This is not unexpected. Cybercriminals are fairly smart and they are motivated to target the resources with the greatest and/or most effective access. As more and more of the world moves their respective Exchange and Active Directory resources to the cloud, O365 and Azure administrators move up the valued target list.
This article simply points out something we have known for some time. We must take phishing threats and associated awareness training seriously. This must become a priority for every organization, large and small. This issue also places a brighter spotlight on the security associated with service providers and 3rd party administrators. Make sure your security controls take those resources into consideration as well.
This situation is a great example of the importance of patch and firmware management. Just because a system is hosted in the cloud, it does not mean that you are not responsible for parts if not all of the patch and firmware oversight. Pay close attention to your service level agreements and other cloud services documentation.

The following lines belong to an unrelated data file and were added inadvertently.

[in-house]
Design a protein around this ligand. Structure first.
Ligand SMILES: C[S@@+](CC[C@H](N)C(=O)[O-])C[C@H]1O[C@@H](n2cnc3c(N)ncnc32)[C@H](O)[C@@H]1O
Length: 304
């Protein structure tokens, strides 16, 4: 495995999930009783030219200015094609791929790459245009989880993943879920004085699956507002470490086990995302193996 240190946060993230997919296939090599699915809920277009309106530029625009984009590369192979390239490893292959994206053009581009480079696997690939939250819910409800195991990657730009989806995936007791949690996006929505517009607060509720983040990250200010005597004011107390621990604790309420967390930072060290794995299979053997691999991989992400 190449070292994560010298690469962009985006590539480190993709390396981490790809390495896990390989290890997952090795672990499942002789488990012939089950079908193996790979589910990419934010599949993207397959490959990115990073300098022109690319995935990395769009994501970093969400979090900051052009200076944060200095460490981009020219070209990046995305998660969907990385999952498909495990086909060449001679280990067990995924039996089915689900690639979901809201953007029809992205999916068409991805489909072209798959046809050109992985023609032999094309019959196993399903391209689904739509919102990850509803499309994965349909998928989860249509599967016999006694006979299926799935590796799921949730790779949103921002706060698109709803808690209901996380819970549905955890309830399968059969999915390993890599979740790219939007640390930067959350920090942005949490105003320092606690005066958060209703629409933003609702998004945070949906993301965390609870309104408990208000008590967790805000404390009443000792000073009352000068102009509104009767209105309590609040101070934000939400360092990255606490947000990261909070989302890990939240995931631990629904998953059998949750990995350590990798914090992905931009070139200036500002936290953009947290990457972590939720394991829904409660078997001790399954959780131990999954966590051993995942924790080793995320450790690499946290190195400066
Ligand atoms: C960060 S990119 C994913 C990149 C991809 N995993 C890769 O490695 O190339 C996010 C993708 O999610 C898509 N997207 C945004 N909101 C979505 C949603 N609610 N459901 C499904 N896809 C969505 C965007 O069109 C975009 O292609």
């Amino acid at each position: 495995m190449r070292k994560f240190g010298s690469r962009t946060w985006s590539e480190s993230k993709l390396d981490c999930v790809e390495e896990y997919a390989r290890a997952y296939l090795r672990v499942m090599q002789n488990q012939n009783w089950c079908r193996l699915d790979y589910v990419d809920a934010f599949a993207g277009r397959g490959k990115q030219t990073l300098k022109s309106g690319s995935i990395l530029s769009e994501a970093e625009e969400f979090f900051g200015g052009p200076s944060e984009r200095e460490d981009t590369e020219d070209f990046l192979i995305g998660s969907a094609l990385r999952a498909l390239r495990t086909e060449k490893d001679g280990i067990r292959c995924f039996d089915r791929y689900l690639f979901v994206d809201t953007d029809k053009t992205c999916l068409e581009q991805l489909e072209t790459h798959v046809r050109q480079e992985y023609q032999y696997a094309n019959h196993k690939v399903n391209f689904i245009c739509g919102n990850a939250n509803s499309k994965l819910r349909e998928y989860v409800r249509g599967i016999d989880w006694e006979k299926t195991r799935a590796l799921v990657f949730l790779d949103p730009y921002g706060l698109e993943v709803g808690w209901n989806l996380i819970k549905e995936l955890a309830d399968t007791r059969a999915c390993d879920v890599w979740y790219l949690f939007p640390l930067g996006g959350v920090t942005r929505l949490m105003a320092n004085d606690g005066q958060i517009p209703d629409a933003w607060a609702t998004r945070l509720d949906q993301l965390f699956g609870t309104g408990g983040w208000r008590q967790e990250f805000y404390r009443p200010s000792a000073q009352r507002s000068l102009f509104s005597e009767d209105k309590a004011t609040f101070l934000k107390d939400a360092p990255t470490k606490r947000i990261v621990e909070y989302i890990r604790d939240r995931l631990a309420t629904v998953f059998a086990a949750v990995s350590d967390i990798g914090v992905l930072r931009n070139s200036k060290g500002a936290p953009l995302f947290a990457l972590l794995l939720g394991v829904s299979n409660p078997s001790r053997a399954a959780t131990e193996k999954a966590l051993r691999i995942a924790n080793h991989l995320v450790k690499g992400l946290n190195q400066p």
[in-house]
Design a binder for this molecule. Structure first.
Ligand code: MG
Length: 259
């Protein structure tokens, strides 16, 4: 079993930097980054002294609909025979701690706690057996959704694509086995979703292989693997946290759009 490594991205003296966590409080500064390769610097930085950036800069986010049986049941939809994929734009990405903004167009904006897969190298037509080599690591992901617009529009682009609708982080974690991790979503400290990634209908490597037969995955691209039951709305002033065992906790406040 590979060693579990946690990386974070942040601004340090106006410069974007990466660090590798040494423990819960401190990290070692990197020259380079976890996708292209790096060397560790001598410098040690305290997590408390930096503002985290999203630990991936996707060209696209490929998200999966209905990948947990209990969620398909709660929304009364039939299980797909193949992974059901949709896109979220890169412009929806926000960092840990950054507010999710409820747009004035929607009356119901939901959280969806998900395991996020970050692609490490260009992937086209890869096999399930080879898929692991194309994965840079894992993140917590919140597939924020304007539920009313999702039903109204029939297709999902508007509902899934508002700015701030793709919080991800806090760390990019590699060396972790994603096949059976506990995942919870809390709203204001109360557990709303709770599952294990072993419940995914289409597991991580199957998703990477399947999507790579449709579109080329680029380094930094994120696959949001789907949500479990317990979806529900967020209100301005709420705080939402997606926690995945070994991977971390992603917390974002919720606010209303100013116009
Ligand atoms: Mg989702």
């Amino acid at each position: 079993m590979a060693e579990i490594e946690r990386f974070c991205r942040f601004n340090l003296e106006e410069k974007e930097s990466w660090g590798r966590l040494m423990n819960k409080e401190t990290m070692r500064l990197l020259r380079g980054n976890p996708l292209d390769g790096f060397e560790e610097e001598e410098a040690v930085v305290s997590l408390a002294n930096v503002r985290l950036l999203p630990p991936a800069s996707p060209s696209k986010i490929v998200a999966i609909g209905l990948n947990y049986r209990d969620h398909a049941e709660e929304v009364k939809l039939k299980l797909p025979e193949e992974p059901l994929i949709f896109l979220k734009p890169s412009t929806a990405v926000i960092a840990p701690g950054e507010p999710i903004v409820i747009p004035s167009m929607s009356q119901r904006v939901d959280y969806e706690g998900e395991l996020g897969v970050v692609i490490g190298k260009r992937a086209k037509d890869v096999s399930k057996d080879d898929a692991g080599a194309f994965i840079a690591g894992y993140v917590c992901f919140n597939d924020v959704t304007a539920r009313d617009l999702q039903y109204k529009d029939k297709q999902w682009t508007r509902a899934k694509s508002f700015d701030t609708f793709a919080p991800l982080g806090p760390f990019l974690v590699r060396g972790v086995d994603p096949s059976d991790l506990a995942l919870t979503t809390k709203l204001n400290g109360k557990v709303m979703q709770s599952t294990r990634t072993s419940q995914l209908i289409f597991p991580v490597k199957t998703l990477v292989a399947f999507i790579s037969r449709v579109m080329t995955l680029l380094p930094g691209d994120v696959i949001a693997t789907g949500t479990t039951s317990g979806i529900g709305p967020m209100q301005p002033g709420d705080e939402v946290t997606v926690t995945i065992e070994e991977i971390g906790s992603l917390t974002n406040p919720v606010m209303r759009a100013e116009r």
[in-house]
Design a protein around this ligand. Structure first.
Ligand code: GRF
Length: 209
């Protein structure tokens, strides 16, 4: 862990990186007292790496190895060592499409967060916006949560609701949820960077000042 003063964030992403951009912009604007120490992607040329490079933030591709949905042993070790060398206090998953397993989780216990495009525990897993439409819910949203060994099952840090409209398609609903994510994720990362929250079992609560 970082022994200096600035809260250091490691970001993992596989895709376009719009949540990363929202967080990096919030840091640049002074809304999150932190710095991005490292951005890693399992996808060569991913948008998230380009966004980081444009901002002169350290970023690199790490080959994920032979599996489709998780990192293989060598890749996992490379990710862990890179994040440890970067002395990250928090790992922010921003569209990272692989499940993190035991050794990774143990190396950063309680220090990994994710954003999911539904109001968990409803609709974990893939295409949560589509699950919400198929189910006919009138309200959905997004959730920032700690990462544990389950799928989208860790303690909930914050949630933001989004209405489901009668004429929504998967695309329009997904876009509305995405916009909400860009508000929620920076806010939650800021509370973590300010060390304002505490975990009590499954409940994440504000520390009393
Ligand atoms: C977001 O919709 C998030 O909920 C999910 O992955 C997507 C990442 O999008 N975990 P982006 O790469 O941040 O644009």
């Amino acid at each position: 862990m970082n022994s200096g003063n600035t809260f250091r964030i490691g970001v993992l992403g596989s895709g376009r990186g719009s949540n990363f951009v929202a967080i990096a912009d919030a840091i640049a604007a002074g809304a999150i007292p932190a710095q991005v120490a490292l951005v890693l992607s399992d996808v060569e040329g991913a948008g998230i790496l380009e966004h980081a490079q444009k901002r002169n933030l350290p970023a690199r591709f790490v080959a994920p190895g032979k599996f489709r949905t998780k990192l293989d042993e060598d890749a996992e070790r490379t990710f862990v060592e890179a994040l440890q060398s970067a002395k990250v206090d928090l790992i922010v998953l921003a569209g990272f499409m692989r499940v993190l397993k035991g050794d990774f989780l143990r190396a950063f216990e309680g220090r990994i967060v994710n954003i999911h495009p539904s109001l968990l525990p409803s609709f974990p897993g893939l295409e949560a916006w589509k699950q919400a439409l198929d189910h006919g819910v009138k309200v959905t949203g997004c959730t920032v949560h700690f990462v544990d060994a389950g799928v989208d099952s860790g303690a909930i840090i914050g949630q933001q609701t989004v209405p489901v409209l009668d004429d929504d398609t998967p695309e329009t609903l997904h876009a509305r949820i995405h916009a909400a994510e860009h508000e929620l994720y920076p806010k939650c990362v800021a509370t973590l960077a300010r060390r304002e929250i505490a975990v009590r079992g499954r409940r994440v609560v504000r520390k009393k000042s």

If you are using these particular Azure services from Microsoft, please review this content and patch accordingly.
This is a very difficult situation from an IT security perspective. Multi-factor authentication is a necessary step for the security of many systems and applications, especially those that are cloud hosted. These types of outages can and will shake the confidence of users and make the move to multi-factor authentication that much more difficult to pursue and expand for IT security professionals in organizations.
Kudos to Microsoft for heading down this path and taking one more step closer to better password security. It is still not a perfect world scenario, but it is better than the basic controls inherent to the OS.
This type of unpatched vulnerability could have serious implications for any organization running MS components in the Azure cloud. The compromise of a domain controller could lead to the complete infiltration of an environment, providing bad guys with the ability to touch and review hundreds of servers, create unknown numbers of hidden accounts with elevated privileges, and lay the groundwork for data ex-filtration and ransomware-style infections. Please review your environments and patch accordingly.
Aside from the coolness factor and the idea of renewable energy sources and lower cooling costs, a ton can be said about the physical security component of rackspace on the ocean floor.